Posted on Sunday, March 24th, 2013 at 8:18 pm
Watch your step. That was the message a Lancaster County judge underscored recently when he threw out a case filed by Carolyn Harbison against JPS Getty, the owner of the Millersville Mini Mart. He cited the legal requirement that people have a duty to look where they are walking and “to see what [is] obvious.” When it comes to trip and fall accidents, this case illustrates just how true the old saying is, “the devil is in the details.”
In this case, Plaintiff Carol Harbison was injured in a fall while visiting the Mini Mart in Millersville, PA. She had been to the store on numerous prior occasions. However, on the day of this incident, Ms. Harbison parked on the side of the store and walked up two steps to reach the concrete apron surrounding the store. Ms. Harbison walked along the apron to the front of the Mini Mart. When she was about to enter the store, she noticed a woman with a walker exiting and attempted to hold the door open. Without looking down, Ms. Harbison stepped backward as she was opening the door and fell on to the pavement before reaching the first step. Ms. Harbison had incorrectly assumed that there were two steps down off of the apron before the pavement. However, the second step at the side of the store did not continue around to the front.
In her lawsuit, Ms. Harbison argued that the steps to the store constituted a dangerous or hazardous condition which the defendant knew or should have known was dangerous and that the defendant had a duty to protect patrons such as herself from foreseeable harm caused by the dangerous condition.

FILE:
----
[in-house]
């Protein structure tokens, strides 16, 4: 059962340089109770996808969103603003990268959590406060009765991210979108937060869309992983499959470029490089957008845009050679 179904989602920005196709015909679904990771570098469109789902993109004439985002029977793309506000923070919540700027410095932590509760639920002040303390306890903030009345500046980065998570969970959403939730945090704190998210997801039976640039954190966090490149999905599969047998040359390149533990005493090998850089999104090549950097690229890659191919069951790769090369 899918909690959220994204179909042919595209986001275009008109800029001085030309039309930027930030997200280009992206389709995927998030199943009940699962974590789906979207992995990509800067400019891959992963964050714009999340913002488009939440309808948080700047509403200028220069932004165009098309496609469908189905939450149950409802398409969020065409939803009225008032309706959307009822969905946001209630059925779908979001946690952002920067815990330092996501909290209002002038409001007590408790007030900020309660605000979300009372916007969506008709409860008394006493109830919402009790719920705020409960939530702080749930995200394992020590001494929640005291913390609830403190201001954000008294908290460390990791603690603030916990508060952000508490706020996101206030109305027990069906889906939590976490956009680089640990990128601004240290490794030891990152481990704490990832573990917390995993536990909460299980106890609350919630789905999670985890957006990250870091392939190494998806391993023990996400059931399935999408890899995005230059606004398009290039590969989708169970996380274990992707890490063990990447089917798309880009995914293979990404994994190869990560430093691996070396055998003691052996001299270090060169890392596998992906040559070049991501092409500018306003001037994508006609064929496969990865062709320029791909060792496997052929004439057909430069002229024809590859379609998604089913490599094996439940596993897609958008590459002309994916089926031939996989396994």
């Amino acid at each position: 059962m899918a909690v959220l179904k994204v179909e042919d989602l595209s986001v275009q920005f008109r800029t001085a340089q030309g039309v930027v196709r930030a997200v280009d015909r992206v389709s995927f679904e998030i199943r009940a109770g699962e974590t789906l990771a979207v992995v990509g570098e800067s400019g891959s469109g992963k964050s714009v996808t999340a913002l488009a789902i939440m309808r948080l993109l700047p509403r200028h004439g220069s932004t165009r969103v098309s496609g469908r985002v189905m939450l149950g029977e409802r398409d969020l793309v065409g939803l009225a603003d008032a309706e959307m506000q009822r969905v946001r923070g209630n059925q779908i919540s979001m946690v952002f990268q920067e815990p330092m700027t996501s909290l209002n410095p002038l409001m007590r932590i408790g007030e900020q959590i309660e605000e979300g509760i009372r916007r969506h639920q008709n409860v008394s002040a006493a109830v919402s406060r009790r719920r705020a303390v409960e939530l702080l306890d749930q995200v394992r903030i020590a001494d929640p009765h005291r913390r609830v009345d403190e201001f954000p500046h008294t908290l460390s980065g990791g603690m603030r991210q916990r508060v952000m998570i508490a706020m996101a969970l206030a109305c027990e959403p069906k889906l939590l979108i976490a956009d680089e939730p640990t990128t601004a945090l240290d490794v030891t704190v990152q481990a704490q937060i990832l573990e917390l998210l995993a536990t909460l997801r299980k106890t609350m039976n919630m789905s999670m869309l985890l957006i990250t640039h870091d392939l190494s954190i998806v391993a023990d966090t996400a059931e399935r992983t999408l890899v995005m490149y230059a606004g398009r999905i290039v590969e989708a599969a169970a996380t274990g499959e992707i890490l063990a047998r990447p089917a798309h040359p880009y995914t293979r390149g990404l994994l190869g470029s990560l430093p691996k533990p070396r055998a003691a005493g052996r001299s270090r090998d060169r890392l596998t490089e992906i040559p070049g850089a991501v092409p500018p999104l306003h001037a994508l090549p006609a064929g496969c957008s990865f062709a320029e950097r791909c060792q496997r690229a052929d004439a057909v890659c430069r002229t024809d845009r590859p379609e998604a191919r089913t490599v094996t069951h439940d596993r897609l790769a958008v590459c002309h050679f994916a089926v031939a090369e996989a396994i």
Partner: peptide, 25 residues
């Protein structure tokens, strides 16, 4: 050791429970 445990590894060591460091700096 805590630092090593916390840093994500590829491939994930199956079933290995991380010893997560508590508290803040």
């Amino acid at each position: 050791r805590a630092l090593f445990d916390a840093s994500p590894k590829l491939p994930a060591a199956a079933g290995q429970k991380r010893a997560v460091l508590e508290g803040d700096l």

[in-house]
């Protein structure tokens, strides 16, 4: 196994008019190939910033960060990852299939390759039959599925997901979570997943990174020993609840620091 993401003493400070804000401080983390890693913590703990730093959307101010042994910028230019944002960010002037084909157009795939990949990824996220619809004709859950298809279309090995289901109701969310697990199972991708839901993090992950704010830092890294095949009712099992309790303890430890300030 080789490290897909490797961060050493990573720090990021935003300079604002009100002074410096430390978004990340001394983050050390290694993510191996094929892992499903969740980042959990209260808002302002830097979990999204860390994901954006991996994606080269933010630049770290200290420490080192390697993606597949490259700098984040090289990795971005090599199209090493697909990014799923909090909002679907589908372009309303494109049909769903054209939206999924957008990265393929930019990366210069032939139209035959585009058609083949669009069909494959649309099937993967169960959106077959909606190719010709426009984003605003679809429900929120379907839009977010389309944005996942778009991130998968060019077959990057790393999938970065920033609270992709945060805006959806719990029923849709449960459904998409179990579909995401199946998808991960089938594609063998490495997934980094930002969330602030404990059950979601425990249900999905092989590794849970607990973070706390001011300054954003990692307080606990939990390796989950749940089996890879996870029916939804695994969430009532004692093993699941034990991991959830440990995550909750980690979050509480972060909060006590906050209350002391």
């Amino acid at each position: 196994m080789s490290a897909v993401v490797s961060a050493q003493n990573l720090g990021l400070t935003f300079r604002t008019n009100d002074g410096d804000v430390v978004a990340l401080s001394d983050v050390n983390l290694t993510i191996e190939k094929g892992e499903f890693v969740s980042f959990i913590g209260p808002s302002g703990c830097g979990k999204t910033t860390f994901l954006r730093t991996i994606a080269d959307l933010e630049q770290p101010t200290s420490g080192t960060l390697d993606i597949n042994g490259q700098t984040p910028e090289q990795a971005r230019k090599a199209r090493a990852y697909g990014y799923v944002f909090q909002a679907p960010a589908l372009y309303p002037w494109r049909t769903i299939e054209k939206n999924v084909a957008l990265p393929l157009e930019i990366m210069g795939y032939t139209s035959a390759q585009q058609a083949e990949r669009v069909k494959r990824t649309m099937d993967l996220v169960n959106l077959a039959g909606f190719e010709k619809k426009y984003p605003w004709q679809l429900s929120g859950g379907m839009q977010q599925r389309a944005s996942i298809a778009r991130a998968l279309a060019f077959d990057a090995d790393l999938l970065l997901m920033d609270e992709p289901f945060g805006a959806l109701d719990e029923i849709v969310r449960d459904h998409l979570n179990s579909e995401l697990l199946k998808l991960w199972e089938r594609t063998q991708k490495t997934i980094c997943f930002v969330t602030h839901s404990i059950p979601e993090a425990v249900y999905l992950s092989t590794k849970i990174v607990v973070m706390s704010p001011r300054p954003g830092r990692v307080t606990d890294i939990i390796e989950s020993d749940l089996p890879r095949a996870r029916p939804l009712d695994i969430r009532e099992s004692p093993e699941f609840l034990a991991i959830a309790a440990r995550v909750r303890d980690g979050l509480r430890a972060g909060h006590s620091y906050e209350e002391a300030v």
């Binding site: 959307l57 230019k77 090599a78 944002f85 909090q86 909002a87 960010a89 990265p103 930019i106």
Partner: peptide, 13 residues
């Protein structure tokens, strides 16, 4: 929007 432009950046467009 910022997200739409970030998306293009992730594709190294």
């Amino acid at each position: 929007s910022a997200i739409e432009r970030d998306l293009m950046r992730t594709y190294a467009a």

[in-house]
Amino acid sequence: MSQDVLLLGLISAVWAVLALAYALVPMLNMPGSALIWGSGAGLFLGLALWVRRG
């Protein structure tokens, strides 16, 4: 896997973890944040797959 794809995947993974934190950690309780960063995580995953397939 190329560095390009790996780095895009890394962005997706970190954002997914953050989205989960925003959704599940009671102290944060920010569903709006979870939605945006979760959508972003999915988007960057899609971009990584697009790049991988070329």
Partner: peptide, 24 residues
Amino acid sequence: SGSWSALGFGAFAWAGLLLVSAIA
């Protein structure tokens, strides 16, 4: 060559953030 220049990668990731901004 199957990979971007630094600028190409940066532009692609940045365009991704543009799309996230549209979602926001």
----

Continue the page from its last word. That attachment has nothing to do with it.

In throwing out the case, the court noted that “A possessor of land [in this case JPS Getty] is not liable to his invitee [Ms. Harbison] for a condition on the land that is known or obvious to them, unless the possessor should anticipate harm despite such knowledge or obviousness….A danger is deemed obvious when the condition and risk are apparent and would be recognized by a reasonable person in the position of the invitee, exercising normal perception, intelligence and judgment.”
The court continued noting that the danger caused by the uneven steps should have been known or obvious to Ms. Harbison. Furthermore, Ms. Harbison admitted that she was not looking down when she stepped backward. “Plaintiff [Ms. Harbison] had a duty to look where she was walking and to see what was obvious,” the judge added.
Fall cases are always challenging in Pennsylvania, so if you are injured in a fall you should immediately consult with an experienced personal injury attorney. A slight change in the details in this case could have easily changed the outcome. For example, suppose this accident happened when it was dark and the danger caused by the uneven step wasn’t readily visible to Mrs. Harbison. In such a situation, the Judge likely would have allowed the case to proceed to trial. If you are injured in a fall, call me for a free consultation at 717-392-6362.